The Struggles of the Believer (Part Fifteen)

Luke 12:51-53

Do you think that I have come to give peace on earth? No, I tell you, but rather division. For from now on in one house there will be five divided, three against two and two against three. They will be divided, father against son and son against father, mother against daughter and daughter against mother, mother-in-law against her daughter-in-law and daughter-in-law against mother-in-law (ESV).

Next, let’s contemplate the struggles that come from the schemes of in-laws. This happens when, for whatever reasons, parents, aunts and uncles or siblings begin to interfere in a couple’s marriage, or just want to cause them trouble. Mother-in-law jokes abound about the wife’s mother. But as one counselor wittily observed, “You don’t hear mother-in-law jokes about the husband’s mother, because it’s not a matter for jokes.” Whether or not you agree with that chestnut, it is a rare couple who can say that they never had an in-law problem. Here are two biblical examples of this problem.

  • The troubles that came between Jacob and Laban. Here was a case of two crooked schemers matching wits and both losing. Both were miserable and had a hard life, and eventually came to a sad parting. Laban did not want his son-in-law to succeed.
  • The jealousy of Saul against David. Here David was godly and innocent of wrong against his father-in-law, but Saul had turned his back on the Lord and was jealous of David. Saul could never get over his jealousy, and caused his son-in-law years of sorrow and deprivation. If it happened to the man after God’s own heart, don’t be surprised if it happens to you.

How can we form a biblical pattern of response?

  • Do not descend to the level of your interfering in-laws. If not for God’s sovereign mercy, Jacob would have had nothing and perhaps even died at Laban’s hand (Genesis 31:23-29, 43-53). But do not presume that God will bail you out. We must remember that the storyline of the Bible shows how God’s purpose triumphed in spite of huge opposition. The hero of the story is God, and not the people who we read of in the story. Looking for the same outcome they received can be spiritually dangerous. Also, never judge the righteousness of your actions by the apparent outcome or how you feel. The Holy Scriptures alone set forth God’s standard of righteousness.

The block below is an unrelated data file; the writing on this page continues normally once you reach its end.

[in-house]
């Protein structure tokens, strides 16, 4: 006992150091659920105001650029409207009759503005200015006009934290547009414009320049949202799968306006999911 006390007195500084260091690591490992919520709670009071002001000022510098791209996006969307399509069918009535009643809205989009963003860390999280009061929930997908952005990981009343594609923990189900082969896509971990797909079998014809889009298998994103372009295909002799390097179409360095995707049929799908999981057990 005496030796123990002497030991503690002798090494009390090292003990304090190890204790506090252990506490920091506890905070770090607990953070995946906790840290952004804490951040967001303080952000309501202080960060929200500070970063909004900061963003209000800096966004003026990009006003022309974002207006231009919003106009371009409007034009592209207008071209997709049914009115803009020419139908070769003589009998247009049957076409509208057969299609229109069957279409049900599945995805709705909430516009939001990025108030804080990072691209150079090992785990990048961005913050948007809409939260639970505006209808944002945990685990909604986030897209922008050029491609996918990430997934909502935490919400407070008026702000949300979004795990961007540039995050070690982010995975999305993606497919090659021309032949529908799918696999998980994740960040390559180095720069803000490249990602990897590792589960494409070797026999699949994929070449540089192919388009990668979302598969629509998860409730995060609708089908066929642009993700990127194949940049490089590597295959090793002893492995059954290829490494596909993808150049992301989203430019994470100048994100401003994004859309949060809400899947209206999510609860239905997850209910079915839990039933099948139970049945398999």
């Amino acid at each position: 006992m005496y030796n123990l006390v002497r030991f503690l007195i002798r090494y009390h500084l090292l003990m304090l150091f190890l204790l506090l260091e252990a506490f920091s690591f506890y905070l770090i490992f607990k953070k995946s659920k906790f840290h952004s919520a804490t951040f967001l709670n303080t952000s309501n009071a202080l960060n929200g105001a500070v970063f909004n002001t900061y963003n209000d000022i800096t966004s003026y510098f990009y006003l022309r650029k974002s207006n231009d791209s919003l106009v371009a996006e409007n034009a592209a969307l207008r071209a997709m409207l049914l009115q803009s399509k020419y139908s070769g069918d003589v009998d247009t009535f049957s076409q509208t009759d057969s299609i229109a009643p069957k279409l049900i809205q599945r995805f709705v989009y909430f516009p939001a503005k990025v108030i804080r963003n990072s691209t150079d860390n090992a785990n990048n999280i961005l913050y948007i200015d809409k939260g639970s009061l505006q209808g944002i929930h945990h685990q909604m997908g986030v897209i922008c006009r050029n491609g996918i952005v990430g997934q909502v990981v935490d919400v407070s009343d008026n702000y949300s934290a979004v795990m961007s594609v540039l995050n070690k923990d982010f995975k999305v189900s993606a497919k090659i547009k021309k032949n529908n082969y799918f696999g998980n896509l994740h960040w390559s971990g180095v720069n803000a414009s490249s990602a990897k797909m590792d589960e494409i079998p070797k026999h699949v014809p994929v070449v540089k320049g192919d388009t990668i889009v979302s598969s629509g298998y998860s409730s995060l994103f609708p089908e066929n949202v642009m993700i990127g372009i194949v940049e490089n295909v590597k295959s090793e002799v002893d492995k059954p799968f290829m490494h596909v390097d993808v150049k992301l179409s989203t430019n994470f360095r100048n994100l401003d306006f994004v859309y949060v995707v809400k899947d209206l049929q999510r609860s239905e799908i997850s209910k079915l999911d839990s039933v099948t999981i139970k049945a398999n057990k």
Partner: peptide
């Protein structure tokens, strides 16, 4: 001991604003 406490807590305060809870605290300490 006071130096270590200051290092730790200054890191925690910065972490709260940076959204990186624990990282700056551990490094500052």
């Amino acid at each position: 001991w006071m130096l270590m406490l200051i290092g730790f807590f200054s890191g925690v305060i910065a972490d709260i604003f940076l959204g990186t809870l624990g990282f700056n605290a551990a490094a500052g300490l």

• Allow God to be the Judge. Do not take matters into your own hands, but trust God to do the right thing. This is the pattern of action that David followed (1 Samuel 24 & 26). This can prove to be very difficult because our emotions operate in overdrive when family members are involved.

Here is an important principle. It is our duty to obey God and let him handle the consequences. We may do the right thing and suffer for it, but at the end, he will reward our faithfulness. You are living for more than the next few years. Keep eternity in view. And beware of seeking revenge. Do not repay anyone evil for evil. Give careful thought to do what is honorable in everyone’s eyes. If possible, as far as it depends on you, live at peace with everyone. Friends, do not avenge yourselves; instead, leave room for God’s wrath, because it is written, Vengeance belongs to me; I will repay, says the Lord. But If your enemy is hungry, feed him. If he is thirsty, give him something to drink. For in so doing you will be heaping fiery coals on his head. Do not be conquered by evil, but conquer evil with good (Romans 12:17-21 CSB).

Grace and peace, David

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